git-checkout older revision of a file under a new name – Dev

The best answers to the question “git-checkout older revision of a file under a new name” in the category Dev.


I have the file “main.cpp” open in my editor.

I want to see the previous revision of “main.cpp” in the editor too.

The way I do it now is like this.

close "main.cpp" in the editor

prompt> mv main.cpp tmp
prompt> git checkout HEAD^ main.cpp
prompt> mv main.cpp old_main.cpp
prompt> mv tmp main.cpp

open "main.cpp" and "old_main.cpp" in the editor

Can it be simplified, so I don’t have to close “main.cpp” in the editor?

What I’m hoping for is a variant of git-checkout that can do this.

UPDATE: im using git on mac osx 10.5.7

prompt> git --version
git version

UPDATE2: Jakub Narębski answer is:

prompt> git show HEAD^:dir1/dir2/dir3/main.cpp > old_main.cpp

UPDATE3: Karmi’s answer, for a specific revision:

prompt> git show 4c274dd91dc:higgs/Higgs.xcodeproj/project.pbxproj > old_project.pbxproj


Just to add to Jakub’s answer: you don’t even have to redirect the output to a file with >, if you are only interested in skimming the file contents in the terminal. You can just run $ git show 58a3db6:path/to/your/file.txt.


You can use git show for that:

git show HEAD^:main.cpp > old_main.cpp

(Note that there is colon [:] character between HEAD^ and main.cpp.) The <revision>:<path> syntax is described in git rev-parse manpage, next to last point in the “Specifying revisions” section:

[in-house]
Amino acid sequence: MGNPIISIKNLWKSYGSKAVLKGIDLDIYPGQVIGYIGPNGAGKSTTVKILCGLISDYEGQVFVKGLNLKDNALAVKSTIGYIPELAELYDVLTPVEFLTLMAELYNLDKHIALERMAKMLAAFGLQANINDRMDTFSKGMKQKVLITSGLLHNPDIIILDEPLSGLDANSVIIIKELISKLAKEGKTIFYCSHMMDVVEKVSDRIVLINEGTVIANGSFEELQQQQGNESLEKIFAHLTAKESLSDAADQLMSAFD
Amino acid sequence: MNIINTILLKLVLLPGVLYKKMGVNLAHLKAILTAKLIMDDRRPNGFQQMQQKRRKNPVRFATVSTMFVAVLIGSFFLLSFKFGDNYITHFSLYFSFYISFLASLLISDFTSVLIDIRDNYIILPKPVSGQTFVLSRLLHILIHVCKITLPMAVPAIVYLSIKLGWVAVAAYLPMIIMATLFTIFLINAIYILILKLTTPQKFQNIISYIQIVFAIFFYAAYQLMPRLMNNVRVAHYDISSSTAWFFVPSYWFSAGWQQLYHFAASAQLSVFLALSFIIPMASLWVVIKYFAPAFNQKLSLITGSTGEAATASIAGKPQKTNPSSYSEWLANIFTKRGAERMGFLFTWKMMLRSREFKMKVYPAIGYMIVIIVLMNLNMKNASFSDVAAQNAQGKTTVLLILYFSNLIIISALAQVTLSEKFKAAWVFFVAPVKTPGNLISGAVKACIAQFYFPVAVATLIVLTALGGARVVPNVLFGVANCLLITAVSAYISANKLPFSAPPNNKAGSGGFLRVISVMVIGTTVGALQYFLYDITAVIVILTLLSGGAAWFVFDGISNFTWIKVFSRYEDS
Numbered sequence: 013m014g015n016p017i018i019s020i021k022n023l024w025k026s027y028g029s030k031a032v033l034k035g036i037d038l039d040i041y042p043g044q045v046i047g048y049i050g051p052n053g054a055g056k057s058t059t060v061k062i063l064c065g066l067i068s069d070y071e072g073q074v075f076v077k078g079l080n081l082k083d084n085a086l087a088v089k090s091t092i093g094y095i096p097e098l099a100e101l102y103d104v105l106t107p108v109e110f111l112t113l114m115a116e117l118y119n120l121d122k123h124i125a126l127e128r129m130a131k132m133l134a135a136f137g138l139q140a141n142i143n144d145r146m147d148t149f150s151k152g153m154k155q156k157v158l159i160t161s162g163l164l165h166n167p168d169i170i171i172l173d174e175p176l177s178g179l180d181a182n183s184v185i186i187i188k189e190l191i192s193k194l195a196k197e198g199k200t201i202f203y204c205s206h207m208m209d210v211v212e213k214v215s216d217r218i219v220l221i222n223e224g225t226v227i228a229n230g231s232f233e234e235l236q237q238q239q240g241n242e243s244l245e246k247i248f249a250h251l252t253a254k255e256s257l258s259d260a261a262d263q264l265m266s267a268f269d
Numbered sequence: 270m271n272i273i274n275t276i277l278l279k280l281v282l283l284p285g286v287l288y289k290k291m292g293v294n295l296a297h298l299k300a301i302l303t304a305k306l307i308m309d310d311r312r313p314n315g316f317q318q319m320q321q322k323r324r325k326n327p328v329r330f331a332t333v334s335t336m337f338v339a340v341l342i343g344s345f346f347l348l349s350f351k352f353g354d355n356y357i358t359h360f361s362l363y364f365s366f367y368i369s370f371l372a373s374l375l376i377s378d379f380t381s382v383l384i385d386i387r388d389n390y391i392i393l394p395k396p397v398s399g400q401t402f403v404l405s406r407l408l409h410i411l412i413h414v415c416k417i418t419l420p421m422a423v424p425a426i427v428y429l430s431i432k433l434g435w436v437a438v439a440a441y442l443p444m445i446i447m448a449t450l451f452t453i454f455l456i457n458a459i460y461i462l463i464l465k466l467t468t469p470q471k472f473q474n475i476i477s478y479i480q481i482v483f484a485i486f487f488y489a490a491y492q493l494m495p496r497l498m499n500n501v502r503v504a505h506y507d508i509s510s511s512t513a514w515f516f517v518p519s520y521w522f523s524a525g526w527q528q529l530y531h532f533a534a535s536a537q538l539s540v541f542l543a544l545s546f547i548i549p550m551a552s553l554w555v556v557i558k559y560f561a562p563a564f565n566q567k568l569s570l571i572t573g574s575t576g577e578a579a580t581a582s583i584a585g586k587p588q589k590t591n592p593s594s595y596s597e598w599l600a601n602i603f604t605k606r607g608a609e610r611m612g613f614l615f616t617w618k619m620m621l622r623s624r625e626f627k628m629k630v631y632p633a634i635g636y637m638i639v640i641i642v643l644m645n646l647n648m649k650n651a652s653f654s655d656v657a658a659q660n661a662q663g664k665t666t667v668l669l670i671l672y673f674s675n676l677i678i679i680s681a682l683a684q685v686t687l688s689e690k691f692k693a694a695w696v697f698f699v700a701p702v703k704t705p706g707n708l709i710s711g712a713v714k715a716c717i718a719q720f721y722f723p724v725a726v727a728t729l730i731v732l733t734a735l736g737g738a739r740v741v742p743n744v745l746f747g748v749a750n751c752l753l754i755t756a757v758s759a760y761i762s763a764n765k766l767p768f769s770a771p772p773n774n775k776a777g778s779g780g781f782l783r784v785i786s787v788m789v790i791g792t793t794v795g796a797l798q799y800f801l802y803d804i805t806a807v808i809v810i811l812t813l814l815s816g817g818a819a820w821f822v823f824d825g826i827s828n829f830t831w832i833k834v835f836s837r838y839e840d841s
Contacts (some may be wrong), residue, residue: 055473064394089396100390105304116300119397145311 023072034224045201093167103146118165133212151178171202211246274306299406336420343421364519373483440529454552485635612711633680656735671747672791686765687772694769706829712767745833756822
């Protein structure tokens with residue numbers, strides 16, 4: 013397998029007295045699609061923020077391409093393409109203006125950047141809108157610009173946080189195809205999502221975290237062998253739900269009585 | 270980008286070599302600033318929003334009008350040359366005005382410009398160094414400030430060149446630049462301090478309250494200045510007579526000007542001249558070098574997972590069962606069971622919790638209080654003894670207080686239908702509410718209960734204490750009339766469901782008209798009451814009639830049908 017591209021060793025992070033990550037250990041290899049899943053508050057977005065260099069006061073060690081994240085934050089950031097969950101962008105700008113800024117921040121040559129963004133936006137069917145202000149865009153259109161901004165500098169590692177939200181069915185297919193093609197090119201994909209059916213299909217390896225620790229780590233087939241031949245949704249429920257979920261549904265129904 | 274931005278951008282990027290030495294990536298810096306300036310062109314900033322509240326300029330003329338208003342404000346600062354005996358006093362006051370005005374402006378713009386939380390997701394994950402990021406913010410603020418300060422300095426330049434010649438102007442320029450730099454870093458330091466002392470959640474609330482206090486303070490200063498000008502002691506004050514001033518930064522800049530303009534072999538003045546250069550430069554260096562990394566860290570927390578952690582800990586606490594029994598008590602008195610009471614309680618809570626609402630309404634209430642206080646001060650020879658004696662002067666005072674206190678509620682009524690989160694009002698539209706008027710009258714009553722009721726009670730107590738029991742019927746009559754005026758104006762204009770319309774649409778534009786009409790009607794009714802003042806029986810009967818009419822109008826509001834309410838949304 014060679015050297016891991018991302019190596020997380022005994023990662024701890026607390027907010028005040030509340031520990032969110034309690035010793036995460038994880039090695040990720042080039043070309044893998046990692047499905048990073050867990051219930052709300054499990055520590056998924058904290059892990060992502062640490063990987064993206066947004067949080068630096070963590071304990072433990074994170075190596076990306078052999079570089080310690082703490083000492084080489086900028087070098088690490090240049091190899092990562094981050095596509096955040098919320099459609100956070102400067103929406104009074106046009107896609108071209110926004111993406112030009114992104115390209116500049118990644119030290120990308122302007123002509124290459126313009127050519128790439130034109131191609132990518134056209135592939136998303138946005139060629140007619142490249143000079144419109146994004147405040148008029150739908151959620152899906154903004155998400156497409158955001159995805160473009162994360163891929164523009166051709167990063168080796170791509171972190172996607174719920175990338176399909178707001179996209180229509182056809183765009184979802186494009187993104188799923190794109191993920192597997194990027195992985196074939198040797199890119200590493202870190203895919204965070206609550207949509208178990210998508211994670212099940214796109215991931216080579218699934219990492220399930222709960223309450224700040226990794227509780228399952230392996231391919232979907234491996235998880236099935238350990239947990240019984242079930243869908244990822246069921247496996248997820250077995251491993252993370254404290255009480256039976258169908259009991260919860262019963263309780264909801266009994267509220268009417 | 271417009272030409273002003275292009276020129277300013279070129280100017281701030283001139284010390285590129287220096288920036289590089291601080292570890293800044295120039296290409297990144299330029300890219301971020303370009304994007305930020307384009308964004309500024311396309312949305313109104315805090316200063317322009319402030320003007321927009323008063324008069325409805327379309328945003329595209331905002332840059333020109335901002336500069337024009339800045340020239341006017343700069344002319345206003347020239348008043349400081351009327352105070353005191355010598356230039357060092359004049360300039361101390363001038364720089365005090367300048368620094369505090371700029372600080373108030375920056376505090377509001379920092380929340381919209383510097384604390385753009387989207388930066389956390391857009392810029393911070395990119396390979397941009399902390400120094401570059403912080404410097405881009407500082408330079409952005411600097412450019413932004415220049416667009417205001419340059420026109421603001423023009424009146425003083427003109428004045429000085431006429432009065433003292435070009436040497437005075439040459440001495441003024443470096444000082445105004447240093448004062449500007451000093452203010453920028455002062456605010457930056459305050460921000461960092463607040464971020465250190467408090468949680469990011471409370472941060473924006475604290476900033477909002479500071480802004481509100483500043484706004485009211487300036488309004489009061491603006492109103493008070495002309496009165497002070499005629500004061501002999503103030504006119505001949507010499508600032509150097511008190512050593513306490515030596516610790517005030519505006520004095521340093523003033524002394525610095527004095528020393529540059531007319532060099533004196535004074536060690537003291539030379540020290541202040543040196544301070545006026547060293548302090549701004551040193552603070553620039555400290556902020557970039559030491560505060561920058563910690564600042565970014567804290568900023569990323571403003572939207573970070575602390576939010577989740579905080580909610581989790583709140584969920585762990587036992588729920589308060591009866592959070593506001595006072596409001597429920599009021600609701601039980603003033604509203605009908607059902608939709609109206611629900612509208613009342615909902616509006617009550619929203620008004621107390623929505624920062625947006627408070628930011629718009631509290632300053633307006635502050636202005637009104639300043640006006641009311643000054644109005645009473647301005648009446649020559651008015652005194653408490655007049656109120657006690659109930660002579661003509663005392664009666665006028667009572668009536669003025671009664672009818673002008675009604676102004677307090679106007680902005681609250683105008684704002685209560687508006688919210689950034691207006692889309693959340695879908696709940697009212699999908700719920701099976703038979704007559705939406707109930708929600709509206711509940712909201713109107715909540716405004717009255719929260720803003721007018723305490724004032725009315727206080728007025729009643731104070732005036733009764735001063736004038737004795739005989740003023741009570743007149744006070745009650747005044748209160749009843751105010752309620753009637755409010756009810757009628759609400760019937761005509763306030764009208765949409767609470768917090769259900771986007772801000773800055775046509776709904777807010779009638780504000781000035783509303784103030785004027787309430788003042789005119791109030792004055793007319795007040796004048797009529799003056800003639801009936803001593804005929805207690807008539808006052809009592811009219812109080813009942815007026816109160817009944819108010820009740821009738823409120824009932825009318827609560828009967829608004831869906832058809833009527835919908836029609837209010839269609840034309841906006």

<rev>:<path>, e.g. HEAD:README, :README, master:./README

A suffix : followed by a path names the blob or tree at the given path in the tree-ish
object named by the part before the colon. :path (with an empty part before the colon)
is a special case of the syntax described next: content recorded in the index at the
given path. A path starting with ./ or ../ is relative to the current working directory.
The given path will be converted to be relative to the working tree’s root directory.
This is most useful to address a blob or tree from a commit or tree that has the same
tree structure as the working tree.

Note that <path> here is FULL path relative to the top directory of your project, i.e. the directory with .git/ directory. (Or, to be more exact, to “<revision>“, which in general can be any <tree-ish>, i.e. something that represents tree.)

If you want to use path relative to the current directory, you need to use ./<path> syntax (or ../path to go up from current directory).

Edit 2015-01-15: added information about relative path syntax

You can get in most cases the same output using low-level (plumbing) git cat-file command:

git cat-file blob HEAD^:main.cpp > old_main.cpp


Singular use case

In order to get consistent checkout behavior including autocrlf etc., use a secondary folder (TEMP as example) and restore the file state from an older / different like this:

git --work-tree TEMP/ restore -s <commit> main.cpp
mv TEMP/main.cpp old_main.cpp


git show <commit>:main.cpp > old_main.cpp

.. will just produce a raw read from the repository.

Use a 2nd work tree – anonymous or linked

For more comfort working with alternative file states (without the need for renaming) use a secondary “anonymous” directory as a (long term) parallel work tree like this:

# one time setup
mkdir WD2
cd WD2
echo gitdir: WD1 > .git

# operate freely here with an alternative file set while the same branch is checked out in git
git restore -s <commit> main.cpp

(WD2 : path to secondary dir. WD1 : path to primary dir – Absolute or relative)

Note: Any kind of git project work (restore / add / commit / switch …, build tasks) can be done with that alternative file set – as if suddenly the work tree files in WD1 would have been swapped. Hard links could be used for efficiently mirroring unchanged files in huge repos.

Similarly a “linked working tree” can be used via git-worktree (new since git v2.6.7). This causes somewhat more git overhead, but allows to checkout and work on a different branch (or detached head) simultaneously without using an extra repo.